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3 Reasons Cohabiting Partners Need a Family Lawyer

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There is a long-held belief that cohabiting partners are in a common-law marriage and entitled to the same legal rights as married couples or a civil partnership. Unfortunately, nothing could be further from the truth; no legal criteria qualify cohabiting partners as common-law partners. Notably, most cohabiting partners believe that they do not need a family lawyer at any point in their relationship. However, cohabiting partners can and should work with family lawyers to navigate the legal complexities of cohabitation.

This article highlights three ways a family lawyer can help partners in a cohabiting relationship.

Prepare a Cohabiting Agreement

Cohabiting partners do not enjoy the same legal rights surrounding finances and children as their legally married counterparts. Therefore, you are not automatically entitled to a claim against a property your partner owns when you separate or upon death. However, you can still prepare a cohabitation agreement, but with the help of a family lawyer.

Preparing a cohabitation agreement, also referred to as a Binding Financial Agreement, helps partners planning to cohabit or those already cohabiting to protect their assets if the relationship breaks down. The agreement also establishes arrangements for children in case of separation or the death of one partner. The best part is that you can contact a family lawyer to help you prepare a cohabitation agreement at any point in your relationship.

Advice on Circumstances to Make Claims

Cohabitation is a complex area of family law. The reason is that it can be challenging to understand each partner's intentions when they enter a relationship, especially in the absence of a cohabitation agreement. Notably, a family lawyer can help you make a claim on a partner's property or order an ex-partner to make support payments. However, a lawyer can only do it if you can prove the existence of an implied contract between the two of you. Once you can establish an implied contract exists, a lawyer can ensure you get what you are entitled to even without a written agreement.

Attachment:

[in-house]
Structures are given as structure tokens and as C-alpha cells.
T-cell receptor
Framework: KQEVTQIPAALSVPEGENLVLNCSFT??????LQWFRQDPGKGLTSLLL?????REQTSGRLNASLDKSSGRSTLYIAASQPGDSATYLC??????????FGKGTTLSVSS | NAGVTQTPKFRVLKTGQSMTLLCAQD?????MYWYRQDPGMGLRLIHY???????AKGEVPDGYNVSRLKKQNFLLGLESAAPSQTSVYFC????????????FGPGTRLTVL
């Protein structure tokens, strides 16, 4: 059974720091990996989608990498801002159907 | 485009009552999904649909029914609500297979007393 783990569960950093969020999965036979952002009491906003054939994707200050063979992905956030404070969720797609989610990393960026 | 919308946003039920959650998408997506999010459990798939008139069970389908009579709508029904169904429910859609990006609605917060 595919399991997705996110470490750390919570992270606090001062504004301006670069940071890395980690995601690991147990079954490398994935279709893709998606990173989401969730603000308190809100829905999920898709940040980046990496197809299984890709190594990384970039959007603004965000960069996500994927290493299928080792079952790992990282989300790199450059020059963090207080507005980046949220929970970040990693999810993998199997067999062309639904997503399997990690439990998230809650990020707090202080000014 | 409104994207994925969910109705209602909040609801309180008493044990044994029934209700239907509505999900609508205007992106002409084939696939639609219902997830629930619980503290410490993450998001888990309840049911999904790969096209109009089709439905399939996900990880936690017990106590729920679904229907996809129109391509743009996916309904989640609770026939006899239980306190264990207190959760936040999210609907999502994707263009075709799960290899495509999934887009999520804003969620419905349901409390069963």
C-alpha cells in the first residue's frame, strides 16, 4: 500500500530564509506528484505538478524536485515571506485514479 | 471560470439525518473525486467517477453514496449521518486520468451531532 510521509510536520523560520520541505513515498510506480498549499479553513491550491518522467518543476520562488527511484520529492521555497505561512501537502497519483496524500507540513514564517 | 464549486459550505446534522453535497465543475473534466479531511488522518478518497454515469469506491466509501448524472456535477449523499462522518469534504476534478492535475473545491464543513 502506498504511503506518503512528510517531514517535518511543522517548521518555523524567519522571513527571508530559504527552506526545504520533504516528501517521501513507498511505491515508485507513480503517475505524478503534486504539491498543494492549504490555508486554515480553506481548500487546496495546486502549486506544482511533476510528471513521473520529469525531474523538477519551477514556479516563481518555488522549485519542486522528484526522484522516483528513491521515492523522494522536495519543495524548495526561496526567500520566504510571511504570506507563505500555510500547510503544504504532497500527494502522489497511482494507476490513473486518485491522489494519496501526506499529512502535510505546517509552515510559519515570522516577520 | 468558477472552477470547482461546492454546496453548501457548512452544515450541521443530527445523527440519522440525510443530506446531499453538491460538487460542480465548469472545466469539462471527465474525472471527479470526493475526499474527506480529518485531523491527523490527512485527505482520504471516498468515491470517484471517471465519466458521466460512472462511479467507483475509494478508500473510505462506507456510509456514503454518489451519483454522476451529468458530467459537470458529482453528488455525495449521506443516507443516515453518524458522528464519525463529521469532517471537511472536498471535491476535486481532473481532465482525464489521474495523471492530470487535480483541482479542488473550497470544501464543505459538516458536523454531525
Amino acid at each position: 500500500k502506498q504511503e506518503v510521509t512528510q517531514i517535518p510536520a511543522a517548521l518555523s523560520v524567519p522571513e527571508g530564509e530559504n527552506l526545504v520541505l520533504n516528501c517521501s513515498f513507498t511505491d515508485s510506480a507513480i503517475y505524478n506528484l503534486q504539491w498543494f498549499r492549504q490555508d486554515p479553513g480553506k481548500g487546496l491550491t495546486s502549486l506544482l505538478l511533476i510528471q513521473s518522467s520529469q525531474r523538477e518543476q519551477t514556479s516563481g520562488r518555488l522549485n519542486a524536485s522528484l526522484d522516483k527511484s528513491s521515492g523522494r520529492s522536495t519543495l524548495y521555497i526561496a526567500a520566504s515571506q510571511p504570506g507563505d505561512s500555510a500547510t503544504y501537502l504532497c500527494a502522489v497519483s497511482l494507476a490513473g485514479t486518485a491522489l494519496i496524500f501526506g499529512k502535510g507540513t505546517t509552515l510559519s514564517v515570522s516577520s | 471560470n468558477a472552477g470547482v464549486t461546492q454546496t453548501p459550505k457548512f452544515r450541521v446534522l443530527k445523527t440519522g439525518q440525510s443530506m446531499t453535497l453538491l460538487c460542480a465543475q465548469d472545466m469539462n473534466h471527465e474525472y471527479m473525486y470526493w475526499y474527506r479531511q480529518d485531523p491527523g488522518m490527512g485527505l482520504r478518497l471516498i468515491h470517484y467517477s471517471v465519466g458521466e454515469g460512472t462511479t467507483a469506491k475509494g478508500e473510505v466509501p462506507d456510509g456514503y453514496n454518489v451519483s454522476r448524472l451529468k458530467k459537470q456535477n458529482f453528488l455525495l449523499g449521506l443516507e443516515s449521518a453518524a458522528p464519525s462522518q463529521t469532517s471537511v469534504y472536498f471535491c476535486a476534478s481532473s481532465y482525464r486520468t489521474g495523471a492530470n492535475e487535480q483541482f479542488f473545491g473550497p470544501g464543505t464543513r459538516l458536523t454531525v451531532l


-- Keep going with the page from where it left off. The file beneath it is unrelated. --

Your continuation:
Conduct Forensic Investigations

As indicated earlier, there are circumstances where a cohabiting partner can claim a property or request child support. However, there must be sufficient evidence to support your claims, which you can only get through a forensic analysis of any contributions made by both partners. Experienced family lawyers work closely with financial experts and use the relations to conduct thorough investigations on reasons for monetary contributions. A lawyer uses the evidence collected to determine the potential claims one can make upon separation or death of their partner.